Guess what? Normal is abnormal
The bell-shaped curve implies that there is a large normal toward the middle and a lesser amount toward the outliers. But normal is abnormal, according to The Best and the Rest: Revisiting the Norm of Normality of Individual Performance, a paper published in Personnel Psychology by Ernest O'Boyle Jr. and Herman Aguinis.
Twenty-five years ago, when my wife was studying for her secondary education certificate at Kutztown University, she was required to take a class on how to grade students using the bell-shaped curve.
She asked the instructor, "Why do we have to curve our grades? If the grades were so poor, wouldn't that imply either the students were not learning, the students were not working hard, the test was not testing what it should, or the teacher is not doing a good job. I did not get a satisfactory answer."
According to recent research, there is now a satisfactory answer, and that is that the bell-shaped curve does not apply to the distribution of grades in the classroom. Moreover, it does not apply to the distribution of human performance.
The bell-shaped curve implies that there is a large normal toward the middle of the curve, and a lesser amount toward the outliers. But normal is abnormal, according to The Best and the Rest: Revisiting the Norm of Normality of Individual Performance, a paper published in Personnel Psychology by Ernest O'Boyle Jr. and Herman Aguinis.
In a study that examined the performance of 633,263 people involved in four broad areas of human performance academics writing papers, athletes at the professional and collegiate levels, politicians and entertainers they determined that from professors to sports figures to Emmy and Grammy nominees, about 10 percent are superstars, about 80 percent fall below average, and only about 10 percent cluster around the midpoint.
Just like we see that the top 10 percent of the wealthy in America have about 80 percent of the wealth, and the bottom 80 percent have about 10 percent of the wealth, the same distribution applies to success in school, business, sports and entertainment.
According to National Public Radio, "We expect some people to be very good, some people to be very bad, and everyone else to be in the middle."
The researchers found that most people did not fit the bell-shaped curve.
"Most people are actually below average and a small but fairly sizable number of superstars accounts for most of the performance whether you were talking about home runs, academic papers or Oscar nominations."
"If you look at the universe of Grammy nominations, what you'd expect to see, lots of people would receive three or four nominations, and fewer than five would receive more than 10 nominations. Instead, most people only receive one nomination, and a sizable number, 64 people, received more than 10 nominations."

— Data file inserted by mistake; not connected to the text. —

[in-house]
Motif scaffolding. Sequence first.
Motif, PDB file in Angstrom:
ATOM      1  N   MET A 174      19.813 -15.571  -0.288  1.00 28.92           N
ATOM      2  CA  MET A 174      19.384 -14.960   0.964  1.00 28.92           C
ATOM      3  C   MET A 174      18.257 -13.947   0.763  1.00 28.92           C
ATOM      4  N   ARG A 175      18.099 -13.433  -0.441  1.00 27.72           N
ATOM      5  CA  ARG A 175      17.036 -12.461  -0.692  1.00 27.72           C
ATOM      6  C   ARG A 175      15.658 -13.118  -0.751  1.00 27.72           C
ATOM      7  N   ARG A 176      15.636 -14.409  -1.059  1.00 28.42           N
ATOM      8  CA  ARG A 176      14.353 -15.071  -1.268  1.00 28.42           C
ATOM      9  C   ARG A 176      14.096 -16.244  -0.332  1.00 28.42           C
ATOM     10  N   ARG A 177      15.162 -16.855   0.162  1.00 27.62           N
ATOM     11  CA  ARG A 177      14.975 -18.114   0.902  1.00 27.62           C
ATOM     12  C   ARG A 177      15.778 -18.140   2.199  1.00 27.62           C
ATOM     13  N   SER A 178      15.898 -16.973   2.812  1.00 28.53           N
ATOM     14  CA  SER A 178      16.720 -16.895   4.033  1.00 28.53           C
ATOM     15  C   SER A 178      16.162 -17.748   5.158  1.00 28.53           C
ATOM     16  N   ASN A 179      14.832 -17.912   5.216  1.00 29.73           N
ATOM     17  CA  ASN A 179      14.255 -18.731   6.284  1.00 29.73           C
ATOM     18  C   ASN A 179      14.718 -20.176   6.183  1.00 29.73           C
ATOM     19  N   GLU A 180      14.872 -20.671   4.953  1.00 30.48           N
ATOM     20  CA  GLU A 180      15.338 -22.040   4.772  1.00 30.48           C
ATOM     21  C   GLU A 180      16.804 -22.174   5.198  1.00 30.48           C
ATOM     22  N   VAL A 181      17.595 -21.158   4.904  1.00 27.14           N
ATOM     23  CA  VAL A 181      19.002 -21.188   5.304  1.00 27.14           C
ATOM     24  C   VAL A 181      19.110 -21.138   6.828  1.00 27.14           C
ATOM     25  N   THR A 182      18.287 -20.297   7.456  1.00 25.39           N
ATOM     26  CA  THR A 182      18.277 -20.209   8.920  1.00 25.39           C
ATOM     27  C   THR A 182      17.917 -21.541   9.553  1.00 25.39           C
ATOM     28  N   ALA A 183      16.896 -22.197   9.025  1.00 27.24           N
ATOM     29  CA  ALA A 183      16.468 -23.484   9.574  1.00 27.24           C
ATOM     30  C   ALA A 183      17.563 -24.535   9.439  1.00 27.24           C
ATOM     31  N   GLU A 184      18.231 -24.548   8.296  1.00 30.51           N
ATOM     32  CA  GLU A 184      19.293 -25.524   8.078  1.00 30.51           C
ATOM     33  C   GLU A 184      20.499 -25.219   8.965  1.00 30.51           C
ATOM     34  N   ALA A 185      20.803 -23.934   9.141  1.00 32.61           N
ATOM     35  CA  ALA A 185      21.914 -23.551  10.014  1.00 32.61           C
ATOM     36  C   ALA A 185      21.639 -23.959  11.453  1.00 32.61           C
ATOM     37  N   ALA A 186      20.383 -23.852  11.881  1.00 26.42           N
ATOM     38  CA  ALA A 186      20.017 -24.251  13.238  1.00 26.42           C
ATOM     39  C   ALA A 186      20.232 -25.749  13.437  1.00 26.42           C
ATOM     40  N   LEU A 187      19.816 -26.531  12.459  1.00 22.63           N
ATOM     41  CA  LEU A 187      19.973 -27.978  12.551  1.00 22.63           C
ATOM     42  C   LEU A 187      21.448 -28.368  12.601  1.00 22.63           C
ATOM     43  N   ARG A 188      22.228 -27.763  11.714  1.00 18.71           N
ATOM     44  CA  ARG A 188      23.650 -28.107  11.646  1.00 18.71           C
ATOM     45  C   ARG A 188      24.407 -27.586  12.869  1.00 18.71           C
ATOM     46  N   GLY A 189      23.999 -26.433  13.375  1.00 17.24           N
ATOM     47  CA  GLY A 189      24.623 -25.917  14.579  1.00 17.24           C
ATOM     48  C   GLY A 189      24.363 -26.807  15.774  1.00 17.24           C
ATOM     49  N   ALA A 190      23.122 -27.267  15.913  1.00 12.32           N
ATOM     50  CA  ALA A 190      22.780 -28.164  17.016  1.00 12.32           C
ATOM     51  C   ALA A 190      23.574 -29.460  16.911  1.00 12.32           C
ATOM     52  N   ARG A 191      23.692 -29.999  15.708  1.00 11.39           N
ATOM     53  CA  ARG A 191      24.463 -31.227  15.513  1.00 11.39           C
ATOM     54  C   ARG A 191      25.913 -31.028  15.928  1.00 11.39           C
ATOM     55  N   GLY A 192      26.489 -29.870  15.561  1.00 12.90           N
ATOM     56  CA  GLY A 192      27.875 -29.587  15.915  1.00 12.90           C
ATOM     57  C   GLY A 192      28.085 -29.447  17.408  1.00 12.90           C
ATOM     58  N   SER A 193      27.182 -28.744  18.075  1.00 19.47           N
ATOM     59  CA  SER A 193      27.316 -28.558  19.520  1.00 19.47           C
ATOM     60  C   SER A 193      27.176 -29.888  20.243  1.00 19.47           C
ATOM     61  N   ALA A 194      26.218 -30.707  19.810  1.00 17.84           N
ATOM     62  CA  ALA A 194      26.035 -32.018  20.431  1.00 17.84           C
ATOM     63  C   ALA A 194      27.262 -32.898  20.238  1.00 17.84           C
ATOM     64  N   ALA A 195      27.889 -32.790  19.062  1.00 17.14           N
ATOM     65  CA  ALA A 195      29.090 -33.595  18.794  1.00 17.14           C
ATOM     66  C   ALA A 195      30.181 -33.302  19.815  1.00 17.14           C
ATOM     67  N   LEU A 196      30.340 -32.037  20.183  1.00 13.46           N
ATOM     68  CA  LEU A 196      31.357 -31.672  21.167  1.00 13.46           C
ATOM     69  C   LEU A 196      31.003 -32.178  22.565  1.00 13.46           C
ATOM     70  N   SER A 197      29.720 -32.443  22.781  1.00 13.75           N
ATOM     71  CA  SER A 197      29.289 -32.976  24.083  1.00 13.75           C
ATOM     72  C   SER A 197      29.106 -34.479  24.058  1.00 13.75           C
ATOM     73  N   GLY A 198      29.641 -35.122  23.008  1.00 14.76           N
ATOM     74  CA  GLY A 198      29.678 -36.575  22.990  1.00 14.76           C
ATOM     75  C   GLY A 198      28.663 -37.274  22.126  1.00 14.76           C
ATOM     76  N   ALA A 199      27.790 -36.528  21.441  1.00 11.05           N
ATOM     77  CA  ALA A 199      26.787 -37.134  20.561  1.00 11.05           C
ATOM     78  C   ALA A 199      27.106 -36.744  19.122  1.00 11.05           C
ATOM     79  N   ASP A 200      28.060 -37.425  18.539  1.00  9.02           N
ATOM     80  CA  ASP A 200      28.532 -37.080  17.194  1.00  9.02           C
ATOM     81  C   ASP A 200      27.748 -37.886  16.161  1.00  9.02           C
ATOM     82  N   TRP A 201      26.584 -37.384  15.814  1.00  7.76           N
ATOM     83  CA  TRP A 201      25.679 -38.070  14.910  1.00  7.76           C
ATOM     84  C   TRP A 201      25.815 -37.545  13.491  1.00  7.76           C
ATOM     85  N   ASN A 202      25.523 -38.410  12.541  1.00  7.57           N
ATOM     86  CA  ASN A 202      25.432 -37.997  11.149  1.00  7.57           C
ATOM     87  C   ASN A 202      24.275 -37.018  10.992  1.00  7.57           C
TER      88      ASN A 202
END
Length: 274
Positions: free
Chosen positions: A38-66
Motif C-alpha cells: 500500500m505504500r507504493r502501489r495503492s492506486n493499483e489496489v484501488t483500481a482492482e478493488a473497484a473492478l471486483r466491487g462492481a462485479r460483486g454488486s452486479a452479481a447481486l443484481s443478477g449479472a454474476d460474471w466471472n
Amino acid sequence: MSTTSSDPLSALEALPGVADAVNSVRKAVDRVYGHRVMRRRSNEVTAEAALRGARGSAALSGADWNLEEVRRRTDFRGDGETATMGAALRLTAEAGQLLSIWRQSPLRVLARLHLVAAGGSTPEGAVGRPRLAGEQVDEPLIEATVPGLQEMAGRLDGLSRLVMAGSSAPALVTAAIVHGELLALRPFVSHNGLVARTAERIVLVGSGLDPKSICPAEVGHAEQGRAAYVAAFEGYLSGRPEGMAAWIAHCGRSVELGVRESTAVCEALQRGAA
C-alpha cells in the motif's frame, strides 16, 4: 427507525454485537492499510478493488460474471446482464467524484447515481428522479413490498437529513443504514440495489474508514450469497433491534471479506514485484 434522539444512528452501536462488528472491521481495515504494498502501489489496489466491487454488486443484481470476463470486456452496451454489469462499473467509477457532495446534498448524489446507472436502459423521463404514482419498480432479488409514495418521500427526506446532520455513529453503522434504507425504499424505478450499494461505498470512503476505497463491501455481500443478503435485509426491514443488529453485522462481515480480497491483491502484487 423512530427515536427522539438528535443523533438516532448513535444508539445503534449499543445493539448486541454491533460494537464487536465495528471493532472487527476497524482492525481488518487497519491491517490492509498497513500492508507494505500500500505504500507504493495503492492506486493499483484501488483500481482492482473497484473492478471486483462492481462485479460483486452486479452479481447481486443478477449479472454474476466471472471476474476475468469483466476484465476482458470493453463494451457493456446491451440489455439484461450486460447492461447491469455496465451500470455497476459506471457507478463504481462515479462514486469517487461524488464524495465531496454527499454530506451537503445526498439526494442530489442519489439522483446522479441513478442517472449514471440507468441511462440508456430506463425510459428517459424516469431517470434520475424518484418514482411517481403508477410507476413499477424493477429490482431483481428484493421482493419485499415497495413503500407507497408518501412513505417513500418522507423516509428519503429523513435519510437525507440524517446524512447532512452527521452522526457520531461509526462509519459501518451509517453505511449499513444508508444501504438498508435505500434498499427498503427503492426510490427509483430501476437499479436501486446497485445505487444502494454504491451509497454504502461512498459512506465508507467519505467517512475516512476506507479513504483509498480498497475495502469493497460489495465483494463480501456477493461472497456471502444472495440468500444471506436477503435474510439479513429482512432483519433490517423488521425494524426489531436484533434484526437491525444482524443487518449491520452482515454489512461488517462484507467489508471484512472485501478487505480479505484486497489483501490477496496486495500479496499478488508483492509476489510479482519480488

The bell-shaped curve was originally developed by French mathematician Abraham de Moivre in 1738 to explain the outcomes from games of chance. His work, improved upon by Gauss, Laplace and others, found application to statistical quality control in the workplace.
As industrial engineers moved from the production department to the human relations department, they took the bell-shaped curve with them and applied it to the performance of work on the assembly line.
It worked well to describe workers whose performance was constrained so that, because of the unvarying speed of the assembly line, they could not work too quickly or too slowly. What became successful in the post World War II factories, found their way into the management of education.
It turns out that although a bell-shaped curve is a fair representation of natural phenomena such as the distribution of men's hiking the population, women's weight, or heart disease, it is a poor representation of the distribution of performance.
The research implies that a small number of people are either better, stronger, brighter, more talented, have better genetics, come from wealthier families, have greater motivation or some combination of all these factors plus other unknown factors, together create super achievers.
So, when it comes to the distribution of grades in a school class, does it make any sense to give out a few "A"s, several "B"s, a bunch of "C"s, a few "D"s, and the occasional "F"? One teacher's morning class might have a great number of achievers, and the same teacher's afternoon class may have very few.
Should they have the same distribution of grades?
The researchers said that "successful companies and nations would do well to identify superstars, because such performers were disproportionately likely to register new discoveries and achievements."
For the rest of us, if you've been feeling for a long time that you are abnormal, you are not alone.
You are in the majority.